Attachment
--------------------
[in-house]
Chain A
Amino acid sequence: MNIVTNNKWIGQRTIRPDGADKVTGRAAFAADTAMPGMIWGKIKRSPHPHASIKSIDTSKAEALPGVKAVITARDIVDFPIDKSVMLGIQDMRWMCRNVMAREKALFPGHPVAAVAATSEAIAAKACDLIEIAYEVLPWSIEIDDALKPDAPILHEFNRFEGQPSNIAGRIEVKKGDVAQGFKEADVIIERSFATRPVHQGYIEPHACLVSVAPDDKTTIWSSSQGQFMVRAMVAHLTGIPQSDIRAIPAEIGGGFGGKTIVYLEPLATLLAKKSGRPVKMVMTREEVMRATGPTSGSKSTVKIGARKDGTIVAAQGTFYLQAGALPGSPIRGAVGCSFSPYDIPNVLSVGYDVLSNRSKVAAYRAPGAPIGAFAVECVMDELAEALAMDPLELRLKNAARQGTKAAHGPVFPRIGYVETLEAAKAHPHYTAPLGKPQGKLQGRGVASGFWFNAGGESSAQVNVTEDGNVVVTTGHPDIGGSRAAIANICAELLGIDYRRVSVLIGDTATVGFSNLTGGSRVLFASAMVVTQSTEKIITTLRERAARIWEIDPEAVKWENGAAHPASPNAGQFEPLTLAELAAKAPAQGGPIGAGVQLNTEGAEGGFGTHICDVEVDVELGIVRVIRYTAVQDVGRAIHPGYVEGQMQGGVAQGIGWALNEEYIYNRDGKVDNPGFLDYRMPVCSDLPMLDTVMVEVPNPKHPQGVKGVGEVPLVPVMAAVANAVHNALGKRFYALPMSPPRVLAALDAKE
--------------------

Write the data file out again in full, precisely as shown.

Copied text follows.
[in-house]
Chain A
Amino acid sequence: MNIVTNNKWIGQRTIRPDGADKVTGRAAFAADTAMPGMIWGKIKRSPHPHASIKSIDTSKAEALPGVKAVITARDIVDFPIDKSVMLGIQDMRWMCRNVMAREKALFPGHPVAAVAATSEAIAAKACDLIEIAYEVLPWSIEIDDALKPDAPILHEFNRFEGQPSNIAGRIEVKKGDVAQGFKEADVIIERSFATRPVHQGYIEPHACLVSVAPDDKTTIWSSSQGQFMVRAMVAHLTGIPQSDIRAIPAEIGGGFGGKTIVYLEPLATLLAKKSGRPVKMVMTREEVMRATGPTSGSKSTVKIGARKDGTIVAAQGTFYLQAGALPGSPIRGAVGCSFSPYDIPNVLSVGYDVLSNRSKVAAYRAPGAPIGAFAVECVMDELAEALAMDPLELRLKNAARQGTKAAHGPVFPRIGYVETLEAAKAHPHYTAPLGKPQGKLQGRGVASGFWFNAGGESSAQVNVTEDGNVVVTTGHPDIGGSRAAIANICAELLGIDYRRVSVLIGDTATVGFSNLTGGSRVLFASAMVVTQSTEKIITTLRERAARIWEIDPEAVKWENGAAHPASPNAGQFEPLTLAELAAKAPAQGGPIGAGVQLNTEGAEGGFGTHICDVEVDVELGIVRVIRYTAVQDVGRAIHPGYVEGQMQGGVAQGIGWALNEEYIYNRDGKVDNPGFLDYRMPVCSDLPMLDTVMVEVPNPKHPQGVKGVGEVPLVPVMAAVANAVHNALGKRFYALPMSPPRVLAALDAKE